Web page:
It seems logical that a bookstore owner would be a writer — especially the former proprietor of Woodstock’s used bookshop, The Reader’s Quarry, where owner Anne Benson used to stock the shelves according to her fine and wide-ranging literary tastes. I was not surprised to learn that since she sold the store in 2012 to Daniel Sofaer — another quirky and well-read litterateur — Benson has been writing a novel.
When I went to her home to pick up a copy of Sailing Directions (CreateSpace, 2013), I was startled to learn what an adventurous life she has had — with plenty of grist for novel-writing. She has not spent all her time reading and selling books but has flown airplanes, worked as a chef, and sailed aboard boats in New England, the Bahamas, and Greece.
During our visit, a number of stories unreeled from Benson’s lips, such as an account of her trip to India with her second husband. A member of a Newport, Rhode Island, family of artists, artisans and stone-carvers, he took her on an art-buying expedition on behalf of an antique dealer. She described the dislocation of an American in India with astonishing precision and detail. Finally, she revealed that her husband died of a heart attack three years into the marriage, leading to the story she tells in Sailing Directions, described as “a novelized memoir of grief and recovery along the shores of Greece.”
A friend, about to take a job as a ship’s captain, convinced Benson — or Nina, as she is called in the book — to come along as the cook on a wealthy American’s 100-foot yacht, hoping it would help shake off her grief. Sunny Greece, the ocean, and Désirée, the antique wooden yacht, are supporting characters in the deftly drawn tale of life on a ship in the Mediterranean, under the thumb of a tyrannical, self-indulgent financier who wishes to be called “Boss.”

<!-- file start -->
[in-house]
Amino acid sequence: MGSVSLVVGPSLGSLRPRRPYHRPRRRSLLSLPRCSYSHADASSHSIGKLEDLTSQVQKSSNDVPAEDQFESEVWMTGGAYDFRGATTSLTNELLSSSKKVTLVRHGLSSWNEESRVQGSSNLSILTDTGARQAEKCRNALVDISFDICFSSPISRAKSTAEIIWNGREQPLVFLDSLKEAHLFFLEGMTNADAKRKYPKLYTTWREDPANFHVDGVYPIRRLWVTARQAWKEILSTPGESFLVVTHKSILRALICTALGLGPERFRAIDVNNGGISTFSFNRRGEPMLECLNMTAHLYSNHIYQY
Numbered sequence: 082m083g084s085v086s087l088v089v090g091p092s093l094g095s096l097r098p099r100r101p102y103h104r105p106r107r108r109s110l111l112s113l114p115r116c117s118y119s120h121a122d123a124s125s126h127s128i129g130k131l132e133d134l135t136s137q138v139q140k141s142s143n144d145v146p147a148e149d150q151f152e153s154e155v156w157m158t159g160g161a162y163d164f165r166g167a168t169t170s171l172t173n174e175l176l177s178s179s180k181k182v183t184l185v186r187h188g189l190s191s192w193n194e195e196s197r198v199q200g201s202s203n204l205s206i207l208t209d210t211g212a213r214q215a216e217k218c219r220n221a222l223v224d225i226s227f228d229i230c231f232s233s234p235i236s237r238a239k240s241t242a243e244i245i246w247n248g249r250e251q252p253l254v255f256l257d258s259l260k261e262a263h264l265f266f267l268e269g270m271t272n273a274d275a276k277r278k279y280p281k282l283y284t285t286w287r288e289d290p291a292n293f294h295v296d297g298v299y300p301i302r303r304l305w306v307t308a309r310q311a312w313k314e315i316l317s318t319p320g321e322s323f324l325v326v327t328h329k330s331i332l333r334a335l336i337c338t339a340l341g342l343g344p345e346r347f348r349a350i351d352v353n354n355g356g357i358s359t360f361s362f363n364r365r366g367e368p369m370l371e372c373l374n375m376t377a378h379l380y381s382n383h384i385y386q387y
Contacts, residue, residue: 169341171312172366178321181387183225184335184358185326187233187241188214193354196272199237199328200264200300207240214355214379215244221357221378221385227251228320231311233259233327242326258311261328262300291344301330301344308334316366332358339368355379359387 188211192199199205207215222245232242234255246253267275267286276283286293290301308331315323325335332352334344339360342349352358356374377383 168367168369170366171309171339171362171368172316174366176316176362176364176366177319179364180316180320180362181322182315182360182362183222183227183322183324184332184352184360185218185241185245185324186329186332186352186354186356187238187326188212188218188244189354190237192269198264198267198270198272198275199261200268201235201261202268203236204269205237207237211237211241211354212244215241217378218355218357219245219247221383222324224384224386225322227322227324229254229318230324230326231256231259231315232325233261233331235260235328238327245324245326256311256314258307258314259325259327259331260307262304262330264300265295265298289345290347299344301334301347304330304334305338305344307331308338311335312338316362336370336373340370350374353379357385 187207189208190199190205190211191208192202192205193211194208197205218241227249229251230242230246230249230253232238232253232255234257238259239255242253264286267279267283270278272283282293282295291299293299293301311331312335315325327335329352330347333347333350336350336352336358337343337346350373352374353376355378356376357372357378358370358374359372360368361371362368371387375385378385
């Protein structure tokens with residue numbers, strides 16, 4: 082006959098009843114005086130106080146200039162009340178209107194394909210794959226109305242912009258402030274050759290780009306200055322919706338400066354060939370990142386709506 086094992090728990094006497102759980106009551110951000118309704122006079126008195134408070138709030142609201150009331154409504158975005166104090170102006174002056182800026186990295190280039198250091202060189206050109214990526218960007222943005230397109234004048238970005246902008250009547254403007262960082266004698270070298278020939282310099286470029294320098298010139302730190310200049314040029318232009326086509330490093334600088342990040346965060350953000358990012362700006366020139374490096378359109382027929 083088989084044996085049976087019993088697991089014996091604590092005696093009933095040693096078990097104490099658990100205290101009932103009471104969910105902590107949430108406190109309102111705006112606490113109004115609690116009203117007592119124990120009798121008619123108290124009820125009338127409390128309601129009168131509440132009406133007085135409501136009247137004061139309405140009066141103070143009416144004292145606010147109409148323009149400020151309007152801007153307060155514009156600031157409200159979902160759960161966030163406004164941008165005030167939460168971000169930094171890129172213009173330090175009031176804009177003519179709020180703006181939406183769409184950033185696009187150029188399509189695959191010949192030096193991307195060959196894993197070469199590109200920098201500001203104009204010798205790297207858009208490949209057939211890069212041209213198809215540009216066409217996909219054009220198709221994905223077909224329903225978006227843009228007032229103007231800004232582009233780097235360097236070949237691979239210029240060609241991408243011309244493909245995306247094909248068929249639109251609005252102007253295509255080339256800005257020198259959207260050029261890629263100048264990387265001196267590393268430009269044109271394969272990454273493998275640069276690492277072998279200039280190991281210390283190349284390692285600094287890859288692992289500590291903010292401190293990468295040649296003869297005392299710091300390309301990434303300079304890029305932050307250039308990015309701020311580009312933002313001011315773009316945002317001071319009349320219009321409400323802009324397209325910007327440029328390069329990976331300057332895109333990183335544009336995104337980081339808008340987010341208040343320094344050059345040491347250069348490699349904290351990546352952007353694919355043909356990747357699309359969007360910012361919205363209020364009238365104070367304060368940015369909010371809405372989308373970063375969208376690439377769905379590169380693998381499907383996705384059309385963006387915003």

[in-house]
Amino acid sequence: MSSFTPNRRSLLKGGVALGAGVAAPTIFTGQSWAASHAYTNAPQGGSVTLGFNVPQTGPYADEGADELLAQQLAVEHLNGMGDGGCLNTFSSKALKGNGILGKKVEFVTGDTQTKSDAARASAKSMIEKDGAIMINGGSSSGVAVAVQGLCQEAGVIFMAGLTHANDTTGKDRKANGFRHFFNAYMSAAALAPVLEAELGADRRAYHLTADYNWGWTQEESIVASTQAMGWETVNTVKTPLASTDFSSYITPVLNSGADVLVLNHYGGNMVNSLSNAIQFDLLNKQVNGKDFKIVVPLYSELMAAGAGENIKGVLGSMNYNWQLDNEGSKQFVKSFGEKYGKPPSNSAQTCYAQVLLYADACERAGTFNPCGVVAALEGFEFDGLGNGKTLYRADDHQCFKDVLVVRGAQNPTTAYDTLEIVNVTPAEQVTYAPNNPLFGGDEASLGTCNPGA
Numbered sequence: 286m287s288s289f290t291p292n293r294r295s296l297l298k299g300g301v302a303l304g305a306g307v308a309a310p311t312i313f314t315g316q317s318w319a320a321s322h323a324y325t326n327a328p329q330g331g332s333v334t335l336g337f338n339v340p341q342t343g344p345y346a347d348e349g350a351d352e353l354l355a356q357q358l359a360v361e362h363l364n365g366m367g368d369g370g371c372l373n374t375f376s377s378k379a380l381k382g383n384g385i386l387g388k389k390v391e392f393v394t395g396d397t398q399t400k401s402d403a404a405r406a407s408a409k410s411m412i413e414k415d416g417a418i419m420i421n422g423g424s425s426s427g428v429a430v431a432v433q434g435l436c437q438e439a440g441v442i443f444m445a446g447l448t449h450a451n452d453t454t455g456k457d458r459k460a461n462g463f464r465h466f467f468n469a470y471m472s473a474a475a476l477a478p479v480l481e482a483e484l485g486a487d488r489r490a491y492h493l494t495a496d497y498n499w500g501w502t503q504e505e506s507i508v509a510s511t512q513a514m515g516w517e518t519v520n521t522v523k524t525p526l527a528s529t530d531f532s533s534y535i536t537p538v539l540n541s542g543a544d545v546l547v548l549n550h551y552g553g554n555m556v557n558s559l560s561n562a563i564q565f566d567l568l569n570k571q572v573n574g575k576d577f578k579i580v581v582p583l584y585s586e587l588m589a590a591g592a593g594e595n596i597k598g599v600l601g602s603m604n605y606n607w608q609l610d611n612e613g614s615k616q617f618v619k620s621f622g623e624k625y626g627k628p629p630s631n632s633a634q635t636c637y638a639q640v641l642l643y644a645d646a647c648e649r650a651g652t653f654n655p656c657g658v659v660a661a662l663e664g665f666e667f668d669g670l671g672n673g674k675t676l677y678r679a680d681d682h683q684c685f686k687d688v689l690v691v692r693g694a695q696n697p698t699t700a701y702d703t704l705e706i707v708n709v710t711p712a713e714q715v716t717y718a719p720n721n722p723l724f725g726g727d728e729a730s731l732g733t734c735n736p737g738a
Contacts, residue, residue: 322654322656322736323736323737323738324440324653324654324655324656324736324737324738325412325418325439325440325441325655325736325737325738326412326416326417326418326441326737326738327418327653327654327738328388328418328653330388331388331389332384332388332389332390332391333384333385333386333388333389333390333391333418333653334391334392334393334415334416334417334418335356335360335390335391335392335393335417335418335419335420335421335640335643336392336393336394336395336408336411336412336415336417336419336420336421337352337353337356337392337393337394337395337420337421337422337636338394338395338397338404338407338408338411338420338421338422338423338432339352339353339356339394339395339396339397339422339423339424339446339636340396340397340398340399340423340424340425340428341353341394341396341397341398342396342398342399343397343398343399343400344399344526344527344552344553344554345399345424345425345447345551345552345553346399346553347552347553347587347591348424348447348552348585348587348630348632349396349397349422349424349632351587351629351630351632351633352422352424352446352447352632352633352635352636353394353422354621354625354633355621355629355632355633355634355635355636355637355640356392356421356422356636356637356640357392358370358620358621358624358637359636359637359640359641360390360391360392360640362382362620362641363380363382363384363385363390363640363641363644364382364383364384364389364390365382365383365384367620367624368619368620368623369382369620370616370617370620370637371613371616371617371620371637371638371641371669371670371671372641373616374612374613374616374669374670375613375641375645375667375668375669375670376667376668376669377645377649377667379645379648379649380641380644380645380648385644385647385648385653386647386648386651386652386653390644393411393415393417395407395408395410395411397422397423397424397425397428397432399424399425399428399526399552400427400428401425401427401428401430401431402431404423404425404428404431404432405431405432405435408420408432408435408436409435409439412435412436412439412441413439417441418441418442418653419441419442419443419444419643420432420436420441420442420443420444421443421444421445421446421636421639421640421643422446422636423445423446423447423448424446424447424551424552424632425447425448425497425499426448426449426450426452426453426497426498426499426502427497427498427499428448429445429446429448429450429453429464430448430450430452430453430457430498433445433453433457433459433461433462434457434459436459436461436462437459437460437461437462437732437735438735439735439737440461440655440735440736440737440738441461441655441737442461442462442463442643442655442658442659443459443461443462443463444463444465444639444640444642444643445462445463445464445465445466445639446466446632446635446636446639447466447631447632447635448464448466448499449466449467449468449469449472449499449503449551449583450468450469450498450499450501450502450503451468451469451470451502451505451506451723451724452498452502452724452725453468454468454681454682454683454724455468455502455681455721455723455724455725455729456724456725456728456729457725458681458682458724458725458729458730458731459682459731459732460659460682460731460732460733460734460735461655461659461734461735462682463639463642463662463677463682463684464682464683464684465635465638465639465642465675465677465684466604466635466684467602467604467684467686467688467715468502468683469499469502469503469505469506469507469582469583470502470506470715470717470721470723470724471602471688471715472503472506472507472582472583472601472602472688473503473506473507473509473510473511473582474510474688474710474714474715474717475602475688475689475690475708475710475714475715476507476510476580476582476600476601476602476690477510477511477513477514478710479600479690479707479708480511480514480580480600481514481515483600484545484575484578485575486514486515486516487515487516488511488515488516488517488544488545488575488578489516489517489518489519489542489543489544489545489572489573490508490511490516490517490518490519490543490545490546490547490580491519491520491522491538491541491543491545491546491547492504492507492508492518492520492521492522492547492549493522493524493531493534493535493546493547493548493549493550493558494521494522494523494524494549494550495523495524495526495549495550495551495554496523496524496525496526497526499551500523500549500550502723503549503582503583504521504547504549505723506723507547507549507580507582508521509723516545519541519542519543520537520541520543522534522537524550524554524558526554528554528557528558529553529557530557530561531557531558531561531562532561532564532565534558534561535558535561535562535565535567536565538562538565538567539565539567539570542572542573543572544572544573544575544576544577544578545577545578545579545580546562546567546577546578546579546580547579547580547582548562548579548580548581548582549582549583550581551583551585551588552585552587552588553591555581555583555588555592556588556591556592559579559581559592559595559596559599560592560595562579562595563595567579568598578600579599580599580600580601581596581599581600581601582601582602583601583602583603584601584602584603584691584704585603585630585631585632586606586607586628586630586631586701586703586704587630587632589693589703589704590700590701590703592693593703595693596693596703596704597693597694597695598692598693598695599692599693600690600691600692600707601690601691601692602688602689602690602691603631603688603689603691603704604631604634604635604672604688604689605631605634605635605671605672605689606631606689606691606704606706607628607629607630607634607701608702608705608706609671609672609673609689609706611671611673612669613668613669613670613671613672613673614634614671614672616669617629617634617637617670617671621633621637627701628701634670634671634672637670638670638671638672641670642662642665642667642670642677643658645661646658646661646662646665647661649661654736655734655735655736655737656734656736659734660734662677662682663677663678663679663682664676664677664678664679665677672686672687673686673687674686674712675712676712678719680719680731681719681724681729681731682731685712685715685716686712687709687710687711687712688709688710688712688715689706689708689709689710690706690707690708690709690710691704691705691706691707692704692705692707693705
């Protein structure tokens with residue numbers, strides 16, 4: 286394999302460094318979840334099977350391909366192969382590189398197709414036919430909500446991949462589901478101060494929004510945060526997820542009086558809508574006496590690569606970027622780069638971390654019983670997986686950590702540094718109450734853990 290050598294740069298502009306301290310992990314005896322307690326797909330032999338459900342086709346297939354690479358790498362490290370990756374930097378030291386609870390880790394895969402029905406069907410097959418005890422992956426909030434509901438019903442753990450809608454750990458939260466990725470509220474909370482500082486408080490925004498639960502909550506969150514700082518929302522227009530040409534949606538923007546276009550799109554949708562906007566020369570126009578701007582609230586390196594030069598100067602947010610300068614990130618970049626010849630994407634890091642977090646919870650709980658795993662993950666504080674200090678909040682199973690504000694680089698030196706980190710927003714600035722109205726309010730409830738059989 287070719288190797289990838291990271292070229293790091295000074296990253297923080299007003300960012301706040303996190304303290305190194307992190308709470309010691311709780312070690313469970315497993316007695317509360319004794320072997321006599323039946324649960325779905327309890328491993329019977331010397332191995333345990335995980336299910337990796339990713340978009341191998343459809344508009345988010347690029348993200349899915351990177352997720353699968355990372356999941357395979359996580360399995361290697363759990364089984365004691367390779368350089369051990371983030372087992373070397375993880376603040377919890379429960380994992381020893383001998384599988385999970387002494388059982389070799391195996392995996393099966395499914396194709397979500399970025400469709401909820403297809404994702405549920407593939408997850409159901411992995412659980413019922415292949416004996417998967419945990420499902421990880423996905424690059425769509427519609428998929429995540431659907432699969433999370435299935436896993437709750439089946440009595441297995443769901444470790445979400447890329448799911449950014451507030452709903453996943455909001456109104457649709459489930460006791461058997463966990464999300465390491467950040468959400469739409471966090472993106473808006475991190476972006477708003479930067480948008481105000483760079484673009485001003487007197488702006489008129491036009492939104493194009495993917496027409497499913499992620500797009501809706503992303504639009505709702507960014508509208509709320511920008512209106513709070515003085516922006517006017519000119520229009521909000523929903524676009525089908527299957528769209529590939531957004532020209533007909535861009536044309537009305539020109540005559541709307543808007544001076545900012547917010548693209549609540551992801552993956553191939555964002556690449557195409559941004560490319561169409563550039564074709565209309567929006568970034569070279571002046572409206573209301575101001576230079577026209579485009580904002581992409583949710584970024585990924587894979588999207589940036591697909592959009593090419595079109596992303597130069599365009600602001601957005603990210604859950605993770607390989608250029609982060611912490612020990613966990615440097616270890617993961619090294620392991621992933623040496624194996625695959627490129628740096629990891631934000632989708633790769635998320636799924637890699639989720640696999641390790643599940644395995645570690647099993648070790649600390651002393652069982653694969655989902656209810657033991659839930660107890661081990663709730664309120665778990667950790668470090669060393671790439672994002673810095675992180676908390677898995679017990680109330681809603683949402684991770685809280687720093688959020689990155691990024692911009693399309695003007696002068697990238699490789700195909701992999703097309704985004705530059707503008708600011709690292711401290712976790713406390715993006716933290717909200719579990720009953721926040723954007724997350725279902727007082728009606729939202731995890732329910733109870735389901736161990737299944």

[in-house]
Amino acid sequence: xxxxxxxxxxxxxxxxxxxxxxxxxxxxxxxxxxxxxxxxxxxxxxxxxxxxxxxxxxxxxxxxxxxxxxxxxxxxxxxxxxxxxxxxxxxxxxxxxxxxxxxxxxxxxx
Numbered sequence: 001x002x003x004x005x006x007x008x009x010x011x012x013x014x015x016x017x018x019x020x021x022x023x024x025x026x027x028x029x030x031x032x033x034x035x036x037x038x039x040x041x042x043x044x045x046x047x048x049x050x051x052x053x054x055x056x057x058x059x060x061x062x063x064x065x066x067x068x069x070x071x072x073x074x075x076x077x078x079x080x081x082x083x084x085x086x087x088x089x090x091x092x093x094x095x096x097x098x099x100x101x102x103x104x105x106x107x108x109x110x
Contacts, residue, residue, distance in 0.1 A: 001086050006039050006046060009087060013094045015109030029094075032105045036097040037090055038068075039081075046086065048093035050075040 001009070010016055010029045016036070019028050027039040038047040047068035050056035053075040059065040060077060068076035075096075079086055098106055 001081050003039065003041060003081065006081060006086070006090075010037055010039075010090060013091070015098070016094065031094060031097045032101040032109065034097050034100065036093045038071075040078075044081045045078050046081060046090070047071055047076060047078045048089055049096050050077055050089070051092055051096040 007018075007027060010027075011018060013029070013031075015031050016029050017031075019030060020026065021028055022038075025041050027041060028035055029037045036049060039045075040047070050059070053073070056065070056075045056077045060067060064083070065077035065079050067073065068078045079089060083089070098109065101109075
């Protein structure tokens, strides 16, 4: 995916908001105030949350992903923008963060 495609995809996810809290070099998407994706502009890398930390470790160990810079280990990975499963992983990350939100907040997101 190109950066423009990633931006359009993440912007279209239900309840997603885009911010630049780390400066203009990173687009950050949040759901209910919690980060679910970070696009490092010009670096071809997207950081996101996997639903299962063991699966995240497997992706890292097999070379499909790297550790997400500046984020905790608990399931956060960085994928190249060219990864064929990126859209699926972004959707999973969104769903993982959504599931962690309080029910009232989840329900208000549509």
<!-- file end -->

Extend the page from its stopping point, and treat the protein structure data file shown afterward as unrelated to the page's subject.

There are minor problems with the book, mainly due to a need for copyediting and proofreading — which could be done, and the book easily revised, given its print-on-demand status. While the errors are distracting, they do not diminish the storytelling skills that paint precise portraits of the heroine, the alternately supportive and contentious crew, and the Boss, amidst the language of navigation and the sea.
I know next to nothing about sailing, but I love to read about “the rumble of blocks along the mainsheet traveler,” even while having no idea what any of those terms mean. It’s easy to relate to the thrill evoked when “there’s a crack as the great sail fills with wind, and they begin to move.”
Lest we cherish a romantic image of life on a yacht, we witness Nina’s confinement for hours a day in a stifling hot galley, struggling to make gourmet meals from the scanty supplies she’s able to buy in the Greek coastal villages. Benson succeeds in conveying the sensuous qualities of food — not so much in the eating but in the preparation. My favorite line in the book is her quote from chef Alice Waters: “Cooking, preparing food, involves far more than creating a meal for family or friends: it has to do with keeping yourself intact.”
And Nina is working hard at keeping herself intact as the first anniversary of her husband Jake’s death approaches. Between her persistent grief and her demanding job, she feels like falling apart much of the time. Without heavy-handed sentiment, Benson weaves in the undercurrent of Nina’s grappling with the pain of having been widowed at the tender age of 37.
Meanwhile, she has to admit there’s an attraction between herself and the captain, Alex, Jake’s close friend. Nina and Alex tiptoe around this ticklish situation, adding a layer of suspense.
Benson does a superb juggling act, keeping all her interacting themes and tensions in the air — Nina’s grief, Alex’s allure, the Boss’s pigheadedness, the trouble with wealth, flirtatious Greek men, the art of cooking, the grit and splendor of sailing — in such a way that the reader keeps wanting to know what will happen to the cast of characters — especially the aging, graceful yacht.
Sailing Directions by Anne Benson is available on Amazon.com.